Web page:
Hair and eye color change?
I've seen stories of people saying that when they changed their diet, their hair and/or eye color changed somewhat. Has anyone had experiences with this? In pictures of me when I was really little, my hair was a very light brown, almost a very dark blonde. In pictures of my mom when she was younger, her hair was even lighter than that, more of a dark-ish strawberry blonde. She was about 8 in the pictures I saw earlier like that. The one of me that I saw, I was probably 4-ish? And then in a picture of me probably not more than a year or so later, in kindergarten, my hair was very, very dark brown. It's been that way ever since, with people in grade school calling it black (which it is not.) My parents both have very dark hair now, too. I've also seen theories from people saying that it could be caused by toxins in your body, or hormones, or just genetics. But I actually really like my hair in the pictures where it's lighter, and I'd love for it to be closer to that color again. Anyone had experiences with that? I've been raw for a year and haven't noticed any difference with that, but I'm curious.
Does grey count?
But seriously, I think the dramatic eye & hair color change we experience as a kid is just genetics + age and you wont see that kind of dramatic change again except for going grey. I was blue eyes & blond hair as a child and now I am grey eyes & brown with salt and pepper. As for the fighting premature greying and the texture and strength of hair and nails, now that is something good diet effects greatly.
Nails especially are great indicators of health as they can show warning signs of nutrient deficiencies, drug reactions, poisoning, or arthritis indicators. Before I started juicing my nails were streaked, pitted, discolored, and brittle. But now I can see the dividing line where my new smooth thick healthy pink nails are pushing the last of my unhealthy nail out to the ends. I can see he same difference in my toenails too, but those nails grow at a slower rate. When the last of my old nails grows out, I am so treating myself to a mani pedi :)
Last edited by Supa; 01-10-2013 at 10:29 AM.
I have heard that adults with brown eyes might not actually be naturally brown eyed, the brown in the iris could be toxins. Iridologists see the eyes as "windows" into the body's state of health. Ive never seen an iridologist but since I was a teen my eyes had always been brown but since I changed my life style they are now mostly green. I also notice that my eyes get even greener when I am dehydrated.....Dont dehydrate yourself. As for hair, in my experience it has gotten darker as I age, especially in the time I was in elementary school being a dirty blonde to mousey brown it does get lighter the more time I spend in the sun... obviously... dont know if diet has any part in that or if its just the sun....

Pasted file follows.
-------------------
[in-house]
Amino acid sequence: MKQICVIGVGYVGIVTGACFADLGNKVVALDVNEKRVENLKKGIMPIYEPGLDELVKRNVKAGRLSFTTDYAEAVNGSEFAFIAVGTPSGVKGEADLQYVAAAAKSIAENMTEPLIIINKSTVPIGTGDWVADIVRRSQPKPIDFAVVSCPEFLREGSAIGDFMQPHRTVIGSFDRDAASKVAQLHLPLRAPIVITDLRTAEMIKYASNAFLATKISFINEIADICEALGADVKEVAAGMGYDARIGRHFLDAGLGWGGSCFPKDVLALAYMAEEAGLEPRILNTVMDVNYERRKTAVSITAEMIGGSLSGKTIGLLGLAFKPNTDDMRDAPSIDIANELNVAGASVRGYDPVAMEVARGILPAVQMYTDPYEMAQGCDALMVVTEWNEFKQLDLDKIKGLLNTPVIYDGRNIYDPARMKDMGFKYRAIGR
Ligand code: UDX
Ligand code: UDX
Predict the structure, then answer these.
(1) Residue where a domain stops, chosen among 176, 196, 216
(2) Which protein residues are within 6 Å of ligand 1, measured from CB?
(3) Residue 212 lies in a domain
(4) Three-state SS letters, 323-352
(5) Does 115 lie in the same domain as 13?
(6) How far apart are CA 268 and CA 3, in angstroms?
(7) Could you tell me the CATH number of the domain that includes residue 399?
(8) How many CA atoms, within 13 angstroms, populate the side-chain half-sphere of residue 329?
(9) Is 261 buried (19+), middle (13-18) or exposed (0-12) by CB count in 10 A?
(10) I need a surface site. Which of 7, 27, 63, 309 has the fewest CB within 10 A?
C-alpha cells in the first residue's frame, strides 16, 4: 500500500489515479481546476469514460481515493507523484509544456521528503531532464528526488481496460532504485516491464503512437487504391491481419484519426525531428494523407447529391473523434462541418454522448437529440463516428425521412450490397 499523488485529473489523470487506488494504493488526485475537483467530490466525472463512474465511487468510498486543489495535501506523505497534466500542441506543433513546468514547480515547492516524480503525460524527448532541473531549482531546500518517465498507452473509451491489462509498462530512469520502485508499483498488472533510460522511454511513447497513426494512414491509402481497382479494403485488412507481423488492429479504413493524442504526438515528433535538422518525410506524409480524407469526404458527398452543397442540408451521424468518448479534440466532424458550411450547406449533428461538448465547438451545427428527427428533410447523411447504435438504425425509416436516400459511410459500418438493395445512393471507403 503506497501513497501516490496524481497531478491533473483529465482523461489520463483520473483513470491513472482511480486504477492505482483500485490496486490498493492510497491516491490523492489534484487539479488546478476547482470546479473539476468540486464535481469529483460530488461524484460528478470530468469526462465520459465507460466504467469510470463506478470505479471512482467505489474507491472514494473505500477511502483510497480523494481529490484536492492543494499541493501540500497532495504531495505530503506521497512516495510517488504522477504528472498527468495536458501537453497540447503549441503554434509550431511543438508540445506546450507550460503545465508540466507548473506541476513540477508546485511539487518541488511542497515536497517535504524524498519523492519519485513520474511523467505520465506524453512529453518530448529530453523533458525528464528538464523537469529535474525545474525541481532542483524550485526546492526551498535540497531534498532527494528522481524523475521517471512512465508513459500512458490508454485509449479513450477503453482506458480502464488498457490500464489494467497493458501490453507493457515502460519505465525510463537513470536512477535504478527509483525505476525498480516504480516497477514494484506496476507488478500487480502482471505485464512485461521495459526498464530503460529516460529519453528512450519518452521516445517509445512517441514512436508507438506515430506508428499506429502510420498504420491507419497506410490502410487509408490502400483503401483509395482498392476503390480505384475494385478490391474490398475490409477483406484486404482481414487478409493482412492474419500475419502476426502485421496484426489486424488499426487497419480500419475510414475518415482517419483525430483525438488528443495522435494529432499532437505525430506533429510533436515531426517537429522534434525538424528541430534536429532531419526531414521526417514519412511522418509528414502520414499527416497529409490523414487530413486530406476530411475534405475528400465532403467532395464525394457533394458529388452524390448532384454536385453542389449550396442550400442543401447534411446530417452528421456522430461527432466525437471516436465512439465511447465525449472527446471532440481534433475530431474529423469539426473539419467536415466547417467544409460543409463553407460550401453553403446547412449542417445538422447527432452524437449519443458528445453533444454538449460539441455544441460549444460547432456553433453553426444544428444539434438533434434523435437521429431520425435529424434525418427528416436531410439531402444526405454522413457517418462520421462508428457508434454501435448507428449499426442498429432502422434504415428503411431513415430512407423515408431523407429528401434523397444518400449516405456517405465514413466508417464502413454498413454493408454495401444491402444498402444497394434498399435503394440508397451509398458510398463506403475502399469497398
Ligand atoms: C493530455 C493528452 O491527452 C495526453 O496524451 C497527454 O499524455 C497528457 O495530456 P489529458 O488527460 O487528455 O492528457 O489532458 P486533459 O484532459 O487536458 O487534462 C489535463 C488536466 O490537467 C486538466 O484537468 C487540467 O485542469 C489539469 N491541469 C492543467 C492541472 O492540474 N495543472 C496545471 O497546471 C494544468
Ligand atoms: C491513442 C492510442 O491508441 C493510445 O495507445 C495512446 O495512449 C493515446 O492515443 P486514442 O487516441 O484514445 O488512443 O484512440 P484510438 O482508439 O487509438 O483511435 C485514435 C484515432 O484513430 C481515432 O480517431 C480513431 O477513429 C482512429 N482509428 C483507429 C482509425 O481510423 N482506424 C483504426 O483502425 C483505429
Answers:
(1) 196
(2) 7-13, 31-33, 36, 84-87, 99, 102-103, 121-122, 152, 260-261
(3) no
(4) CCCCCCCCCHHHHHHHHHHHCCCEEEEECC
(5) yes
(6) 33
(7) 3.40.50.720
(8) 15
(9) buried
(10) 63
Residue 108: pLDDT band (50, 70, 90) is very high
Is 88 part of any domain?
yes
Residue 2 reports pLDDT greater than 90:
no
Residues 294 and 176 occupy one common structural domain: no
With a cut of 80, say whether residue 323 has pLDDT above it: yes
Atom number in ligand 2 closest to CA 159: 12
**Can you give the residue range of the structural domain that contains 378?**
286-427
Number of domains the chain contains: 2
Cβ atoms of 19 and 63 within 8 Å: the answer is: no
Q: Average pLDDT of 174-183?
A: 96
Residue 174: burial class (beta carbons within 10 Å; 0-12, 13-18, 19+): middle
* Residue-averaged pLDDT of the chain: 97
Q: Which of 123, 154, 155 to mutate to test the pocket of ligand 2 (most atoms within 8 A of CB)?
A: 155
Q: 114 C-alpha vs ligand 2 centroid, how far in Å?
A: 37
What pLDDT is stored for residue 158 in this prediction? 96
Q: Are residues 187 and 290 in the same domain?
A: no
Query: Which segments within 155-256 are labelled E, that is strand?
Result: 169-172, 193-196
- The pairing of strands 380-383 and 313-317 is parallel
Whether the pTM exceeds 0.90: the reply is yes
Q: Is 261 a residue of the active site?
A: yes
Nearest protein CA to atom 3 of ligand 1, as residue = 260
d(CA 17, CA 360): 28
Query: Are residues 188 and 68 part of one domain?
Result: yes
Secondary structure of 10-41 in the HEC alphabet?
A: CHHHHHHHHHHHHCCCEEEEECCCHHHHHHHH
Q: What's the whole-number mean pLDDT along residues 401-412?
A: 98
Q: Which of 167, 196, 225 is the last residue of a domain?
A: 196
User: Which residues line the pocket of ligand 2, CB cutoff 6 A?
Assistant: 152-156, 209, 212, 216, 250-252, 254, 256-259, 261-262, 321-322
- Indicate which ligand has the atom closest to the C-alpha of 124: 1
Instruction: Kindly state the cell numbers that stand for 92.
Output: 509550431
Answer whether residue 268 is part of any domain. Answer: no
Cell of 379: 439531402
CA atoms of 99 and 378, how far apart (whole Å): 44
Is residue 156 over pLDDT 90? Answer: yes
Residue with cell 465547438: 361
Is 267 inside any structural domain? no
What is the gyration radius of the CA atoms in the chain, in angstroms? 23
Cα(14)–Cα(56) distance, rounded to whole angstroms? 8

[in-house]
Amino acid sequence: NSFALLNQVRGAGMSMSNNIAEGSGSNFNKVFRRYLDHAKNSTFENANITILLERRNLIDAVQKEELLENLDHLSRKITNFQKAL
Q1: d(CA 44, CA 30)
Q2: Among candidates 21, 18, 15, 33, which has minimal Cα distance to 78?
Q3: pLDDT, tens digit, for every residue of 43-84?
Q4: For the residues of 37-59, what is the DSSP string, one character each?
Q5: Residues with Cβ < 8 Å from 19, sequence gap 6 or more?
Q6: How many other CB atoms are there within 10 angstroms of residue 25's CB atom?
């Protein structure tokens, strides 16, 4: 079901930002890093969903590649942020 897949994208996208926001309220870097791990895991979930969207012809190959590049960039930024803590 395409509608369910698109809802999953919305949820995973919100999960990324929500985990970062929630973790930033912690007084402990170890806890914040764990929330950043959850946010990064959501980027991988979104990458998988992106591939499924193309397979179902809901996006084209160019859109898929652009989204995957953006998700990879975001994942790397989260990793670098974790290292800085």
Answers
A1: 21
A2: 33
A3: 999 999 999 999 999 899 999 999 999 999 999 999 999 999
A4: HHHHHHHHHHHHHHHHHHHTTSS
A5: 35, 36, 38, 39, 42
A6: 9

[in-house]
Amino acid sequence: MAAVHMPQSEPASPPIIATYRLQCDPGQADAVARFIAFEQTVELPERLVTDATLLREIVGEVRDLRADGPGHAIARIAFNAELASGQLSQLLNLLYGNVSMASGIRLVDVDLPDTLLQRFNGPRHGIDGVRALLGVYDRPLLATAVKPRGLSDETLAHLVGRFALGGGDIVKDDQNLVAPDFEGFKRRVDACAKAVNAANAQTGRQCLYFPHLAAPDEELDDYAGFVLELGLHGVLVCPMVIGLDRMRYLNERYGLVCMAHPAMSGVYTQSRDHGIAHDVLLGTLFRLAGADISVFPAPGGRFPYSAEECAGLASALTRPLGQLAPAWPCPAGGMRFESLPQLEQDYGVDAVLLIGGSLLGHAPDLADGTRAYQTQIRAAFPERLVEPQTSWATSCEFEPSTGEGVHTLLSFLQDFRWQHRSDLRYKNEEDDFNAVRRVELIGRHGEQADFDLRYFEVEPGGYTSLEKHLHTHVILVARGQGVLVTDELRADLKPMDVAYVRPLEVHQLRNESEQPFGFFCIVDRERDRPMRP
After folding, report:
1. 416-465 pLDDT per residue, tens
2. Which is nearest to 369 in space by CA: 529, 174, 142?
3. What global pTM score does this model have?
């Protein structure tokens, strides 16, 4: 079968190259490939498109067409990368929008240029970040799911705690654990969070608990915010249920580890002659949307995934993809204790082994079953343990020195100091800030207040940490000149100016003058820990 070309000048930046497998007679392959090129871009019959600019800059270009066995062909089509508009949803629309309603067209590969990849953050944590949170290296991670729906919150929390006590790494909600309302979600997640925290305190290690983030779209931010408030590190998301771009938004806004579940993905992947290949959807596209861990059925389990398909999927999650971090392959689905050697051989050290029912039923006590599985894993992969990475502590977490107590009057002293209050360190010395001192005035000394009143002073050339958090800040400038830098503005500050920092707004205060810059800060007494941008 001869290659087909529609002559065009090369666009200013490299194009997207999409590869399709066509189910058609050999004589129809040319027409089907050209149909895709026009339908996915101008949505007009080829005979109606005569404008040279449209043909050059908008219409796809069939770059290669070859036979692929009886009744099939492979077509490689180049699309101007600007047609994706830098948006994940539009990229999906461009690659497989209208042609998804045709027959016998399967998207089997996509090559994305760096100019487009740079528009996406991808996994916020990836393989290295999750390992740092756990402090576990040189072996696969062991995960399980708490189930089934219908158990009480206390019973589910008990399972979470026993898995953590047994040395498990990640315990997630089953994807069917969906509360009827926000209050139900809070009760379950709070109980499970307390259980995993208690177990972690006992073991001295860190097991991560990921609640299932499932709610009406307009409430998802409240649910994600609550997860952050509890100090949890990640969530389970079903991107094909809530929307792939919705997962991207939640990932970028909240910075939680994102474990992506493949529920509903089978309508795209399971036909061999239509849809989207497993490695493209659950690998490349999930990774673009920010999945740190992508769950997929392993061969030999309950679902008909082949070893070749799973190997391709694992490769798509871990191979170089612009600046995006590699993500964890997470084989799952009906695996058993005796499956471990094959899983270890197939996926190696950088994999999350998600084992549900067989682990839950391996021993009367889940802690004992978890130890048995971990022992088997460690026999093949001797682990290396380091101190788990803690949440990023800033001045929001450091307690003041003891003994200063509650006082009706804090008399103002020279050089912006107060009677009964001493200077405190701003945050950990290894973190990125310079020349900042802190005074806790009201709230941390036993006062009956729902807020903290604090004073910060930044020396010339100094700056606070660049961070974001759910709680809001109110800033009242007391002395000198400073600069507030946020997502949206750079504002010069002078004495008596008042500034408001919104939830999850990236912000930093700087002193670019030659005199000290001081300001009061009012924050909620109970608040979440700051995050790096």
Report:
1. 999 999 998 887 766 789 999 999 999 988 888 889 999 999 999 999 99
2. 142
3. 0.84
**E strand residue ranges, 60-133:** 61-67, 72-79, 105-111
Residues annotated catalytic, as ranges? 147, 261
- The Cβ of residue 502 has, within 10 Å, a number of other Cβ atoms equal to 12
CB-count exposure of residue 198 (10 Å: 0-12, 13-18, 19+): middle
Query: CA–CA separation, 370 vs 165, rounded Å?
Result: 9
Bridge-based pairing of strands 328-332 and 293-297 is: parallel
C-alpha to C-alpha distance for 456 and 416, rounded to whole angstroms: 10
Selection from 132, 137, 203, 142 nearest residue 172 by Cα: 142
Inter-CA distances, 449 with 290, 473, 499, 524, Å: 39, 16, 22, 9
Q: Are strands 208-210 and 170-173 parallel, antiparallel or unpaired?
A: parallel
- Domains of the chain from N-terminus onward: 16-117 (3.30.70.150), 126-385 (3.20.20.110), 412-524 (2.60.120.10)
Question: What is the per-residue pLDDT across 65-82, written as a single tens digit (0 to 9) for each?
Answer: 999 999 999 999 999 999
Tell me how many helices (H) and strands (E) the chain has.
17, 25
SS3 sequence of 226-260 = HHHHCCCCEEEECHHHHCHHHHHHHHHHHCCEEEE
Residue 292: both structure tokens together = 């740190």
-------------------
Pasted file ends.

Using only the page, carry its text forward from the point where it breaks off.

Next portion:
There are ways of naturally lightening your hair....
Save your health, save the planet, save the animals
- go VEGAN! !
I've found with detoxing my eyes are more green while before they were more brown around the iris. I also had blue eyes until I was five and they they were grey for a while. Now they are "hazel" with mostly a green color. I wish raw would change my grey hair back to brown :-)
Kristina Carrillo-Bucaram said that her eyes used to be brown, but since switching to a raw vegan diet, her eyes became a greenish/hazel color.
As to hair color, I think it's natural for many little kids to have light or blondish hair which gets darker as they age. It's to protect them from the sun.
I'd rather eat vegan and look like a tree than eat cow and look like a pig.
SW...225 (Jun 12, 2012)
GW1..175 (Mar 22, 2013)
Like the rest of you, I've heard this assertion being spoken of, in certain quarters of the raw foods community, over the years.
Purely on a whim, I decided to do a little digging on the topic, and found a few links of interest. Rather than write a detailed response, I've opted to just quote a few pertinent details and provided links to their respective sources, so you can do your own further research, if you wish.
"Most babies are born with blue eyes that can darken in their first three years. Darkening occurs if
melanin, a brown pigment usually not present at birth, develops with age.
Eye color also can change with age. This happens in 10 to 15 percent of the Caucasian population (people who generally have lighter eye colors). ....However, some hazel eyes actually get darker with age.
Note that if your adult eye color changes pretty dramatically, or if one eye changes from brown to green or blue to brown (called
heterochromia), it's important to see your eye doctor Eye color changes can be a warning sign of certain diseases, such as:
Fuch's heterochromic iridocyclitis ( http://en.wikipedia.org/wiki/Fuchs_h..._iridocyclitis )
Horner's syndrome ( http://en.wikipedia.org/wiki/Horner's_syndrome )